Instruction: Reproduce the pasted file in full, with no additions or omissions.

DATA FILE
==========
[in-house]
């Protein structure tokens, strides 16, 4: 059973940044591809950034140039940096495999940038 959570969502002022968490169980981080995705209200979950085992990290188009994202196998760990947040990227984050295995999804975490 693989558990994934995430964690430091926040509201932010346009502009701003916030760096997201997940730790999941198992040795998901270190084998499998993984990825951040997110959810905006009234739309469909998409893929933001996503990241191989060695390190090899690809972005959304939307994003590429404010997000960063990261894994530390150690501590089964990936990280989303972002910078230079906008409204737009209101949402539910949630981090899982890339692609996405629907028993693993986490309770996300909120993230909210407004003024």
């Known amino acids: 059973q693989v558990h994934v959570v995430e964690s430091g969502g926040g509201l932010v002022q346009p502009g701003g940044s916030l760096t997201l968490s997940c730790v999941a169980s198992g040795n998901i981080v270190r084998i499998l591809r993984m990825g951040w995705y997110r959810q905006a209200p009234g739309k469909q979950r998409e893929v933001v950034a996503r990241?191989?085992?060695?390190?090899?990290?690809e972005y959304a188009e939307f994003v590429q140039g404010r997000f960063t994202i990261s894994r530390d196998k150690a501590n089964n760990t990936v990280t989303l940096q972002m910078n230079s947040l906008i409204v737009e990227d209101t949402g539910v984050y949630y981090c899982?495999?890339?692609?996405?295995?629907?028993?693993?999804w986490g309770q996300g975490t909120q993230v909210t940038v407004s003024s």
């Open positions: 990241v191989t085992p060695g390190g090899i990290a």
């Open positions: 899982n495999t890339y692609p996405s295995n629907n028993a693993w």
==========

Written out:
[in-house]
């Protein structure tokens, strides 16, 4: 059973940044591809950034140039940096495999940038 959570969502002022968490169980981080995705209200979950085992990290188009994202196998760990947040990227984050295995999804975490 693989558990994934995430964690430091926040509201932010346009502009701003916030760096997201997940730790999941198992040795998901270190084998499998993984990825951040997110959810905006009234739309469909998409893929933001996503990241191989060695390190090899690809972005959304939307994003590429404010997000960063990261894994530390150690501590089964990936990280989303972002910078230079906008409204737009209101949402539910949630981090899982890339692609996405629907028993693993986490309770996300909120993230909210407004003024």
């Known amino acids: 059973q693989v558990h994934v959570v995430e964690s430091g969502g926040g509201l932010v002022q346009p502009g701003g940044s916030l760096t997201l968490s997940c730790v999941a169980s198992g040795n998901i981080v270190r084998i499998l591809r993984m990825g951040w995705y997110r959810q905006a209200p009234g739309k469909q979950r998409e893929v933001v950034a996503r990241?191989?085992?060695?390190?090899?990290?690809e972005y959304a188009e939307f994003v590429q140039g404010r997000f960063t994202i990261s894994r530390d196998k150690a501590n089964n760990t990936v990280t989303l940096q972002m910078n230079s947040l906008i409204v737009e990227d209101t949402g539910v984050y949630y981090c899982?495999?890339?692609?996405?295995?629907?028993?693993?999804w986490g309770q996300g975490t909120q993230v909210t940038v407004s003024s």
């Open positions: 990241v191989t085992p060695g390190g090899i990290a």
């Open positions: 899982n495999t890339y692609p996405s295995n629907n028993a693993w």